Âkârâṅga Sûtra, Unknown
Âkârâṅga Sûtra
Unknown
5:27 h Jainism
The Acharanga Sutra (IAST: Ācārāṅga Sūtra; First book c. 5th–4th century BCE; Second book c. 2nd–1st century BCE) is the first of the twelve Angas, part of the agamas (religious texts) which were compiled based on the teachings of Mahavira. The existing text of the Acharanga Sutra which is used by the Svetambara sect of Jainism was recompiled and edited by KshamaShraman Devardhigani.
Âkârâṅga Sûtra
FIRST BOOK
FIRST LECTURE

CALLED

KNOWLEDGE OF THE WEAPON.

FIRST LESSON

O long-lived (Gambûsvâmin)! I (Sudharman) have heard the following discourse from the venerable (Mahâvîra):(1)

Here many do not remember whether they have descended in an eastern direction (when they were born in this world), or in a southern, or in a western, or in a northern direction, or in the direction from above, or in the direction from below, or in a direction intermediate (between the cardinal points), or in a direction intermediate between these (and the cardinal points).(2) Similarly, some do not know whether their soul is born again and again or not; nor what they were formerly, nor what they will become after having died and left this world.(3) Now this is what one should know, either by one’s own knowledge or through the instruction of the highest (i.e. a Tîrthakara), or having heard it from others: that he descended in an eastern direction, or in any other direction (particularised above). Similarly, some know that their soul is born again and again, that it arrives in this or that direction, whatever direction that may be.(4) He believes in soul, believes in the world, believes in reward, believes in action (acknowledged to be our own doing in such judgments as these): ‘I did it;’ ‘I shall cause another to do it;’ ‘I shall allow another to do it.’ In the world, these are all the causes of sin, which must be comprehended and renounced.(5) A man that does not comprehend and renounce the causes of sin, descends in a cardinal or intermediate direction, wanders to all cardinal or intermediate directions, is born again and again in manifold births, experiences all painful feelings.(6) About this the Revered One has taught the truth (comprehension and renunciation). For the sake of the splendour, honour, and glory of this life, for the sake of birth, death, and final liberation, for the removal of pain, all these causes of sin are at work, which are to be comprehended and renounced in this world. He who, in the world, comprehends and renounces these causes of sin, is called a reward-knowing sage (muni). Thus I say.(7)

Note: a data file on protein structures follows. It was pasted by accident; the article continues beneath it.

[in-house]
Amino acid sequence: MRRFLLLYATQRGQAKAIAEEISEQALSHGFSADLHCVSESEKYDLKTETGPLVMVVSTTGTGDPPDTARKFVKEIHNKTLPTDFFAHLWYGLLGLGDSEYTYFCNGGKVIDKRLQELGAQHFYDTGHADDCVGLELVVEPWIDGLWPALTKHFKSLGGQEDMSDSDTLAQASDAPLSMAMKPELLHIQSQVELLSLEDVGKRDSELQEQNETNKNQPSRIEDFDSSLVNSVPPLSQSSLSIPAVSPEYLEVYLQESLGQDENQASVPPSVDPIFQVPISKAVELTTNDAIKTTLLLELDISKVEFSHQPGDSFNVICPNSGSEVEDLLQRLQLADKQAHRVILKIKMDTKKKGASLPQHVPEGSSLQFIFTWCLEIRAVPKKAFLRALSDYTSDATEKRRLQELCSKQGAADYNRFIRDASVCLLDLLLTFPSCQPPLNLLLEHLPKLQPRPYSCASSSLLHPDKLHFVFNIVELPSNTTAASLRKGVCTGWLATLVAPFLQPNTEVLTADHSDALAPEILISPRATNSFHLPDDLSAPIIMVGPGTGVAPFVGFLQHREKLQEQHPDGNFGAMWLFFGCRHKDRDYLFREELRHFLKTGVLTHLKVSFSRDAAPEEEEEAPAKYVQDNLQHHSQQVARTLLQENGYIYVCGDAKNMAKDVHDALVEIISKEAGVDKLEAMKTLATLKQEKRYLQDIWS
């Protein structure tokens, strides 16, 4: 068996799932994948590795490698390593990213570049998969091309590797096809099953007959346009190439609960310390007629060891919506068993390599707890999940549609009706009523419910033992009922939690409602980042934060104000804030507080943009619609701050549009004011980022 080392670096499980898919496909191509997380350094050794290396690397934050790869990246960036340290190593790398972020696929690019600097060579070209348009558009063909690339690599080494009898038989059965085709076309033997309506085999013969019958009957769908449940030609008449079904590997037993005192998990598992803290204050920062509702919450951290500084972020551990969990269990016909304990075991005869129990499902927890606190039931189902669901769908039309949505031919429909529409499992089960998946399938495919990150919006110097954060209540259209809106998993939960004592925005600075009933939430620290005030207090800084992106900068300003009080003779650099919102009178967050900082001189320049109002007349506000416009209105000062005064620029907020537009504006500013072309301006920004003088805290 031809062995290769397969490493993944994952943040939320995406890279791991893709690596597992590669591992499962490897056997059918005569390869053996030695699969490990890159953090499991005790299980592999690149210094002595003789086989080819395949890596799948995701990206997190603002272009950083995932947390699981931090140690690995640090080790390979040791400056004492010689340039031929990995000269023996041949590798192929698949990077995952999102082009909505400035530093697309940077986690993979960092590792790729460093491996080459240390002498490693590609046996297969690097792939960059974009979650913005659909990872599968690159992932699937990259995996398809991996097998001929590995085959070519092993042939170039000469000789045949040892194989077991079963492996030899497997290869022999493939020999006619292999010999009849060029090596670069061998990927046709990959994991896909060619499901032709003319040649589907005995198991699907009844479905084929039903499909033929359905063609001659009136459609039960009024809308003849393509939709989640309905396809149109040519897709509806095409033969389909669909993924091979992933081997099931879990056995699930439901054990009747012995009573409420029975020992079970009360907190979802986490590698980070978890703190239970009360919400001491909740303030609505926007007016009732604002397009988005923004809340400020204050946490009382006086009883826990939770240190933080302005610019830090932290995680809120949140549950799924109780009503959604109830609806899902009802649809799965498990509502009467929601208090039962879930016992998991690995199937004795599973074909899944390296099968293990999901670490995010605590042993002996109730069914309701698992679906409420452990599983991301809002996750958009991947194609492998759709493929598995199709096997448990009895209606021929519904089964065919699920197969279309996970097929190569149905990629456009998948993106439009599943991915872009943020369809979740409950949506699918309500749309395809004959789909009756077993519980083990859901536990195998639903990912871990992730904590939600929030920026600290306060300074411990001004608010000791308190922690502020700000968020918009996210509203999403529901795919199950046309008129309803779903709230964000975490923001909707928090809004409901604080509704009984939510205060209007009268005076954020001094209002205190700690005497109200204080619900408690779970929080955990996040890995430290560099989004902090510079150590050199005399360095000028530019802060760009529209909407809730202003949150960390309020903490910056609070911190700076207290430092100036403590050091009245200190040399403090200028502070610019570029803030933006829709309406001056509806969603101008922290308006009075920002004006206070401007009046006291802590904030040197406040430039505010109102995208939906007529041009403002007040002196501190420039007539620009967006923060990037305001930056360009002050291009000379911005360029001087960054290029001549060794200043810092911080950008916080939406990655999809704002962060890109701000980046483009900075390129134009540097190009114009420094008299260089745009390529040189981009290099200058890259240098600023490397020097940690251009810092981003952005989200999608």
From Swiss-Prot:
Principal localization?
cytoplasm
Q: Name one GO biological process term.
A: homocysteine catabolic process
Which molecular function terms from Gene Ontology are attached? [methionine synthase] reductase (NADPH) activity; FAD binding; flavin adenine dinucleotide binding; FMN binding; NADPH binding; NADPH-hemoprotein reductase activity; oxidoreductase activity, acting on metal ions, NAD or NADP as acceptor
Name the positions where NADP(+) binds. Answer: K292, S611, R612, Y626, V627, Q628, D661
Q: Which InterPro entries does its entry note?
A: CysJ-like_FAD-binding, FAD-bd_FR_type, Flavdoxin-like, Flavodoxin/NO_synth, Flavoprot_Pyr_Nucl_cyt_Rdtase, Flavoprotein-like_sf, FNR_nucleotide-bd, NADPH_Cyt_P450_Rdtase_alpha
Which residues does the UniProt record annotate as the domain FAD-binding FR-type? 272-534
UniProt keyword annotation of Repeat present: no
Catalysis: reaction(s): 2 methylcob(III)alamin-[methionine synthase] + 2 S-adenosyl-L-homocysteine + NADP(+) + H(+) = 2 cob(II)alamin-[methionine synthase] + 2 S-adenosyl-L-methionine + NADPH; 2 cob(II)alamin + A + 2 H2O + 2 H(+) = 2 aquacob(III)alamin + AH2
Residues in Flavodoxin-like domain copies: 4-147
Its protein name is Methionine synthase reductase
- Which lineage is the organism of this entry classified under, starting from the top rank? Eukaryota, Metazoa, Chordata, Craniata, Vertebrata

SECOND LESSON.

The (living) world is afflicted, miserable, difficult to instruct, and without discrimination. In this world full of pain, suffering by their different acts, see the benighted ones cause great pain.(1) See! there are beings individually embodied (in earth; not one all-soul). See! there are men who pg 4 control themselves,(whilst others only) pretend to be houseless (i.e. monks, such as the Bauddhas, whose conduct differs not from that of householders), because one destroys this (earth-body) by bad and injurious doings, and many other beings, besides, which he hurts by means of earth, through his doing acts relating to earth.(2) About this the Revered One has taught the truth: for the sake of the splendour, honour, and glory of this life, for the sake of birth, death, and final liberation, for the removal of pain, man acts sinfully towards earth, or causes others to act so, or allows others to act so. This deprives him of happiness and perfect wisdom. About this he is informed when he has understood or heard, either from the Revered One or from the monks, the faith to be coveted.(3) There are some who, of a truth, know this (i.e. injuring) to be the bondage, the delusion, the death, the hell. For this a man is longing when he destroys this (earth-body) by bad, injurious doings, and many other beings, besides, which he hurts by means of earth, through his doing acts relating to earth. Thus I say.(4)